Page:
Plenty of solid performances can be found here: Lionel Barrymore (this was his first voyage into the horror genre – he later appeared in such classics as Mark of the Vampire and The Devil-Doll) does well here as the innkeeper. He’s a good man put under immense stress, and snaps. It’s easy to both feel pity for his characterization and to abhor his acts. Great with this role, Barrymore pulls it all together. Gustav von Seyffertitz (who we later see in the 1930 classic The Bat Whispers) does well here as a rather unlikable, but ultimately harmless, money-hungry individual.

The innkeeper’s daughter and her soldier lover (played by Lola Todd and Eddie Phillips, respectfully) make a pretty cute couple, though they end up not really being all that relevant to the plot (despite Phillips’ character being charged with finding the murderer). Of perhaps most interest, Boris Karloff makes a few appearances here. Most known for playing the Frankenstein monster in the 1931 classic, he’s been in various horror films from the 1930’s to the early 1970’s. In his first horror role, he plays a mesmerist (taking more than a few cues from Caligari) who, despite his relatively short screen-time, does make quite an impression.

As aforementioned, though, the rough story here can be found earlier in The Avenging Conscience: or, ‘Thou Shalt Not Kill’, and a few other murder melodramas, where one’s conscience effectively haunts the main character after they commit the ever-sinful act of murder. Despite this, though, I actually thought this film was put together more cohesively than The Avenging Conscience. It certainly looks better, and given it came out ten years later, it does feel a bit more fresh, insofar as cinematography goes.

Many find this just too derivative and perhaps even stale to stand out as a classic of silent cinema. They’re right, in part – The Bells shouldn’t be seen as a classic (especially the version I watched, which had a six-and-a-half minute piece of music looped through the whole hour and ten minute film). However, I think there’s plenty of enjoyment to be had from the solid performances and some of the scenes (including a quick ax to the back, leaving drops of blood on the snow, or the epic dream sequence near the end).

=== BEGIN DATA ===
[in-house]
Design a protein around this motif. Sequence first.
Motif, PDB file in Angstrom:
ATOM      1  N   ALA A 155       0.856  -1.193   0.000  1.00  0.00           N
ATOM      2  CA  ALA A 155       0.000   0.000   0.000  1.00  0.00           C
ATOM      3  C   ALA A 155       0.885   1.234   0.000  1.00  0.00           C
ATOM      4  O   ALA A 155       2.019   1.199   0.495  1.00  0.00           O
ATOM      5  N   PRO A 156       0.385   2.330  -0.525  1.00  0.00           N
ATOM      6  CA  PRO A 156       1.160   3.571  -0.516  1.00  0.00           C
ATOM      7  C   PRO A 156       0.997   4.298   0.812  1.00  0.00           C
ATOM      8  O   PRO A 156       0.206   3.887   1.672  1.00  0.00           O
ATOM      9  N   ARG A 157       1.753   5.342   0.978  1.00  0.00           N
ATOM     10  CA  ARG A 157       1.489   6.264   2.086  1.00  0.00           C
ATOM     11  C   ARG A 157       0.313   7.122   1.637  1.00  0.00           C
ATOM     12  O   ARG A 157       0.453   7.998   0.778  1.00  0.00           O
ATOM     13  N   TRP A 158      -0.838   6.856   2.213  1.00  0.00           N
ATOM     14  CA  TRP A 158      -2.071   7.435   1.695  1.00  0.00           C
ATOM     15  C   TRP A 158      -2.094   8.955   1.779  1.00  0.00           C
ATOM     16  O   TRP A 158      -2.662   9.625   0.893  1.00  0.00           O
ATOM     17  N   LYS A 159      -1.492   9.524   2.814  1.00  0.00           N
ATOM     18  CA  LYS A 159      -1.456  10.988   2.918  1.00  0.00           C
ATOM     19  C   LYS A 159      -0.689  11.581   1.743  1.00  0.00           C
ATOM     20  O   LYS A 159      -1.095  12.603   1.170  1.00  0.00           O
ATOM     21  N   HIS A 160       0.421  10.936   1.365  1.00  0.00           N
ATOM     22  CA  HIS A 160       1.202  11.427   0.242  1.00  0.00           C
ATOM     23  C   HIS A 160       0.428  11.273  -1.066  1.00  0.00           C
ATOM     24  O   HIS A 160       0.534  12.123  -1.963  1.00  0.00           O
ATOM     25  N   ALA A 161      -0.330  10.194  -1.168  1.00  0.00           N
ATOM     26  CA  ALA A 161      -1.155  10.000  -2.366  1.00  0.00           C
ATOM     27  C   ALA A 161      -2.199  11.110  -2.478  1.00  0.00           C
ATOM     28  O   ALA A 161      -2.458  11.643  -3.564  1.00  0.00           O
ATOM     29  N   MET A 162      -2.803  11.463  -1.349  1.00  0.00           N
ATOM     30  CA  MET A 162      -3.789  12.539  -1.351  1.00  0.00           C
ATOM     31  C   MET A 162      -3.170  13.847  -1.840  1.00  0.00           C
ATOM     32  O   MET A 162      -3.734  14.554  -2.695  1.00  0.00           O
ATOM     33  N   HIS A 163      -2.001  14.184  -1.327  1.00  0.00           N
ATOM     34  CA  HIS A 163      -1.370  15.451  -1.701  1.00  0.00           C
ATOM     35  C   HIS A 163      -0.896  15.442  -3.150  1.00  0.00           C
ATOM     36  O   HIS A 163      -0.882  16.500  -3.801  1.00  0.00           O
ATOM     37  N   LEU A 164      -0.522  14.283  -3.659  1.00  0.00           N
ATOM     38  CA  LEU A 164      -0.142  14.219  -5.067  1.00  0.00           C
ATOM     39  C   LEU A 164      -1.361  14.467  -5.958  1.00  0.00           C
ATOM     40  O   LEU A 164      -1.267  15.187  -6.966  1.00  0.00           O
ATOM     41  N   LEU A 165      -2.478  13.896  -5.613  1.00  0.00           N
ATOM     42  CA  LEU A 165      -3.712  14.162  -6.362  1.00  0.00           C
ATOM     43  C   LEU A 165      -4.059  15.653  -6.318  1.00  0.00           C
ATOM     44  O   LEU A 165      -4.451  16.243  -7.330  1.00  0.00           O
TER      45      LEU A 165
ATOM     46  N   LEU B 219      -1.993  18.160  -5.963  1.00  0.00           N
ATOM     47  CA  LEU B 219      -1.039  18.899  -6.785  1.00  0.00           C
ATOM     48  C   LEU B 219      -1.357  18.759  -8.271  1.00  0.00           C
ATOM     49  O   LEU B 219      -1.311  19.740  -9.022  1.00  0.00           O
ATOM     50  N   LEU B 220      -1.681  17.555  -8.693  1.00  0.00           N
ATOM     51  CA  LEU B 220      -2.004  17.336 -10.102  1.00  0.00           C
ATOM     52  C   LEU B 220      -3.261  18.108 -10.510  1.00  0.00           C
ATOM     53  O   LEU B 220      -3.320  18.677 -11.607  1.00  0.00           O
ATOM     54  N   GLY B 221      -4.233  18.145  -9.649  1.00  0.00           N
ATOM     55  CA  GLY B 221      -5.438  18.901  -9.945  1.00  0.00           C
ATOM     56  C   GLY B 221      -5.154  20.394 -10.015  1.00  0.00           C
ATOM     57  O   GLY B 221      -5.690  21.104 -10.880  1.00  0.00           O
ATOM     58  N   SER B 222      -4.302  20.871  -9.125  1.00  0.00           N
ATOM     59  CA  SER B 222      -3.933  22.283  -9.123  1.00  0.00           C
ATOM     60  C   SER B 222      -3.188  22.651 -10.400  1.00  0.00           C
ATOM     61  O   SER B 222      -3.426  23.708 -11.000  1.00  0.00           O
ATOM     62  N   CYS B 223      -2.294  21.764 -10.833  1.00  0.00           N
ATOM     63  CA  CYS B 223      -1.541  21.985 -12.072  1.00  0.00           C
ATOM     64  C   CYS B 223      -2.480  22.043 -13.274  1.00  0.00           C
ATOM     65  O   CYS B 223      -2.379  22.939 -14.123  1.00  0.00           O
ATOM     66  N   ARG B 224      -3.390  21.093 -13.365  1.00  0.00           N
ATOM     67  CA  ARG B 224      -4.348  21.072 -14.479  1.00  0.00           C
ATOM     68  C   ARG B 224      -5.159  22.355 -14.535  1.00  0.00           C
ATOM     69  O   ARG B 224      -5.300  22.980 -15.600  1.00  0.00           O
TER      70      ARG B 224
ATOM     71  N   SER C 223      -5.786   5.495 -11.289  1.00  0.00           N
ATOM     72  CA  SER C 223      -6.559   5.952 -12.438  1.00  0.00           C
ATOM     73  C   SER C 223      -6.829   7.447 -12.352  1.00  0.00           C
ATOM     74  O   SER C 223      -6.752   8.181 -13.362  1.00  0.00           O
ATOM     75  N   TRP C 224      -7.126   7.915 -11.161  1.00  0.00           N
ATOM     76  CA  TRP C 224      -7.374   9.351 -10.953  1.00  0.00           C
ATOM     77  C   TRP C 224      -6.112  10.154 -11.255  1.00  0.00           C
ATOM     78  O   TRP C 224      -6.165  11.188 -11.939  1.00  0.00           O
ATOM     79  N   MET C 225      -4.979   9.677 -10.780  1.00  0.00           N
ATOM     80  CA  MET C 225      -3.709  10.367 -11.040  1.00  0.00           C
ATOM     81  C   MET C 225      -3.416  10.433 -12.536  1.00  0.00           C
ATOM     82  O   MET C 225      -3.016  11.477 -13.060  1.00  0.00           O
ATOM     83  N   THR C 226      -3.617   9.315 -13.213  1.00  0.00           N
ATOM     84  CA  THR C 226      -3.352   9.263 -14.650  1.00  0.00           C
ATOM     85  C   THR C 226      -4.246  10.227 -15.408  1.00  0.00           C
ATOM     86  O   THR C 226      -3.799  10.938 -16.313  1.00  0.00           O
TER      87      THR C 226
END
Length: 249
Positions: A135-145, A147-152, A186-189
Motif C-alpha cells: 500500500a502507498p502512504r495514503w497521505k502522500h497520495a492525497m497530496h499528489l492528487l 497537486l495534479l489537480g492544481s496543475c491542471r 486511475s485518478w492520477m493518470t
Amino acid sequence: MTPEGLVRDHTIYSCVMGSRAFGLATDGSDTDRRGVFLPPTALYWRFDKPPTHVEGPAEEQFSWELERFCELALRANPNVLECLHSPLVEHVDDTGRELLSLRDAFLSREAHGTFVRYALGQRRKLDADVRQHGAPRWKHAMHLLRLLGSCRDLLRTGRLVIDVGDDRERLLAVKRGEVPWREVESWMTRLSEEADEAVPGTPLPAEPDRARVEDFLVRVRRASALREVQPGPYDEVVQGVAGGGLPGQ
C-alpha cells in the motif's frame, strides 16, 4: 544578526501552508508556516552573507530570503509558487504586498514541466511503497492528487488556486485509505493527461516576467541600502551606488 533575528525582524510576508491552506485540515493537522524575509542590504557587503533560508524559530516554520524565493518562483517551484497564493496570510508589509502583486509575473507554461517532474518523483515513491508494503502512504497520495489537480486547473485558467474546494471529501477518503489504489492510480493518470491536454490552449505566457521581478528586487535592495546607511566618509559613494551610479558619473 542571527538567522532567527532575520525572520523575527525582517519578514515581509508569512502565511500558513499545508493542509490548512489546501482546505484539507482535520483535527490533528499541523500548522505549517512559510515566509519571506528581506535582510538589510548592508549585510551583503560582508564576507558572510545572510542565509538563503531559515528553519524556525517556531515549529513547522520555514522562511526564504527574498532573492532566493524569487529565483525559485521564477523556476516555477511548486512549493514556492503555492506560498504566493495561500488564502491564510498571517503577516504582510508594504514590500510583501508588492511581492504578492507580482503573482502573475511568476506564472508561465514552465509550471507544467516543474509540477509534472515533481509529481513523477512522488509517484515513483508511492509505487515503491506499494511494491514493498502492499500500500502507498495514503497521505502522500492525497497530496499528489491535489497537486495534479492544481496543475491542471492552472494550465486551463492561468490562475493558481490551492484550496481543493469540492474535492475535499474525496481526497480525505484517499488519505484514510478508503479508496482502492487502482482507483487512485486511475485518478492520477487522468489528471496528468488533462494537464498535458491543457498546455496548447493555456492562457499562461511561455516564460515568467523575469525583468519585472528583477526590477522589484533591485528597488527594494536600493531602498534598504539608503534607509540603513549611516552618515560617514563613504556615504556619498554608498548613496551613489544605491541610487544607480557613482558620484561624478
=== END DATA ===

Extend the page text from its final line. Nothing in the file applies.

I fully admit I was bored when I first saw this. Luckily, it broke past previous my previous views of the film, and ended up being, while not the best horror film of the 1920’s (or even 1926), a pretty solid watch.


The Last Warning (1928)

The Last Warning

Directed by Paul Leni [Other horror films: Das Wachsfigurenkabinett (1924), The Cat and the Canary (1927), The Man Who Laughs (1928)]

Much like Paul Leni’s previous mystery/horror, The Cat and the Canary, The Last Warning takes a moderately cliché plot (even for the time) and dresses it up in a way that makes the movie a special and enjoyable treat.

While this film contains some comedic portions (just as The Cat and the Canary did), I feel it’s noticeably toned down, and for most of the film, I think the plot’s played pretty straight. Which is only a positive, as this mystery, boasting no less than something like ten possible suspects, has a lot of potential from the beginning, and too much comedy would bring it down. Luckily, that didn’t happen.

As aforementioned, the cast of this film is rather large, all the more to make the mystery identity of the killer more fun to figure out. It wasn’t uncommon to see five, six, as much as ten or eleven, characters all in a single shot. Of course, trying to keep track of everyone throughout the film is close to impossible, but it still helped out the feeling of pandemonium, especially toward the end (during a deeply enjoyable chase sequence).

Laura La Plante (who also starred in The Cat and the Canary) didn’t get as much screen-time as you might hope, but still played her character sympathetically (which, given how unlikable she was at the beginning, was sort of necessary). Her love interest, played by John Boles (who later appeared in Frankenstein), was quite competent in his role. As most of the cast members were. In fact, all of the follow actors and actresses stood out positively as their roles: Montagu Love, Margaret Livingston, Roy D’Arcy, Burr McIntosh, Mack Swain, Bert Roach, and Carrie Daumery. Perhaps, out of all these names, the true standouts are Love, Livingston, and McIntosh.